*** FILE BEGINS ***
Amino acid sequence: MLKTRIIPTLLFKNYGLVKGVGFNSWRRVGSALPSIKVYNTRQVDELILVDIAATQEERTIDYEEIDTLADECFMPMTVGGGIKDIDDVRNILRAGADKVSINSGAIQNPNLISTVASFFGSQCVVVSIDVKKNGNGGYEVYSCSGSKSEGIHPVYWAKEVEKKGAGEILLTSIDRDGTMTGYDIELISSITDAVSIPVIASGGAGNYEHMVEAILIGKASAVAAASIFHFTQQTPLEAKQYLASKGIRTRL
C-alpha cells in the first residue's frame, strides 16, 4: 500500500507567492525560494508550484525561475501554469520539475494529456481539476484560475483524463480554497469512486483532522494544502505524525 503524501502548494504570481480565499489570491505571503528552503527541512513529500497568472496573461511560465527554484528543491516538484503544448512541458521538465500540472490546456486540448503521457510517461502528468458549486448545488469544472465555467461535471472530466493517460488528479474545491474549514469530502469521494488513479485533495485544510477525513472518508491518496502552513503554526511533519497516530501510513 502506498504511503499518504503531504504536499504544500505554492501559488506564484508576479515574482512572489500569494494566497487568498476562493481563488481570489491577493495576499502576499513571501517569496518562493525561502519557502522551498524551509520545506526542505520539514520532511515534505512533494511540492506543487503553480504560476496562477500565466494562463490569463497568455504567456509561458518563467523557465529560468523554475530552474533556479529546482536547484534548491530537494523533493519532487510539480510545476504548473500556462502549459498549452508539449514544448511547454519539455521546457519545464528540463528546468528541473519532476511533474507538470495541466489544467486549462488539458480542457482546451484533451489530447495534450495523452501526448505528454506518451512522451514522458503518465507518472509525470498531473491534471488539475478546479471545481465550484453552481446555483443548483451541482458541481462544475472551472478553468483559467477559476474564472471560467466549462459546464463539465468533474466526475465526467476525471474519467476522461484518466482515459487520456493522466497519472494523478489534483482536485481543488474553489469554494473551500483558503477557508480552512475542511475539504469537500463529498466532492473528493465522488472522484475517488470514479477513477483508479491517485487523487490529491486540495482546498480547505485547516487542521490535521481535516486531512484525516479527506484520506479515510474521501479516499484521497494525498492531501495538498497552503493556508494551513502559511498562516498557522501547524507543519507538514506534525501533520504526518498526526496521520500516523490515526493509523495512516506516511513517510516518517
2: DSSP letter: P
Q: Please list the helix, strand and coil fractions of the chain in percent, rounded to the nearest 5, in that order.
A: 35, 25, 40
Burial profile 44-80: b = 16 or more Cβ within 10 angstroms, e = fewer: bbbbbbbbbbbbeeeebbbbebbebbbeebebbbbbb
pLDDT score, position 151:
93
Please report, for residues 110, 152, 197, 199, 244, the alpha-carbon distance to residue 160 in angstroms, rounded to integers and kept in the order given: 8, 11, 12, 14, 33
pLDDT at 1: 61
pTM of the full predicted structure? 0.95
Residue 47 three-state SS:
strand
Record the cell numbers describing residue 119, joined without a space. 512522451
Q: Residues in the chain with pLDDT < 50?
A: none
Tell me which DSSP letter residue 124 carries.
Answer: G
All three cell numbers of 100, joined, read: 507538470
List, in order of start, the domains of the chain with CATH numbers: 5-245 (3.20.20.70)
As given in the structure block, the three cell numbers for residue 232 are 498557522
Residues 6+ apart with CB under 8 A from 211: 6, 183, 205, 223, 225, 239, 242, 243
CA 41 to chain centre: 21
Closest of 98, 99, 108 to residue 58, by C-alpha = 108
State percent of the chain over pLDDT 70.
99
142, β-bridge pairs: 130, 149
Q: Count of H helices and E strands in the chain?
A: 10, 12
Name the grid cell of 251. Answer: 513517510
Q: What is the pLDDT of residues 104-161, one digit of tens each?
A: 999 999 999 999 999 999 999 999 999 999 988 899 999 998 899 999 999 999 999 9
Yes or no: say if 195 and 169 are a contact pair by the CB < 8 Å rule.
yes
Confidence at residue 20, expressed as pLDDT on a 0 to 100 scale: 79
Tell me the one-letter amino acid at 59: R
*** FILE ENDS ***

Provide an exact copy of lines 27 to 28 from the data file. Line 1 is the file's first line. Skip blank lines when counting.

142, β-bridge pairs: 130, 149
Q: Count of H helices and E strands in the chain?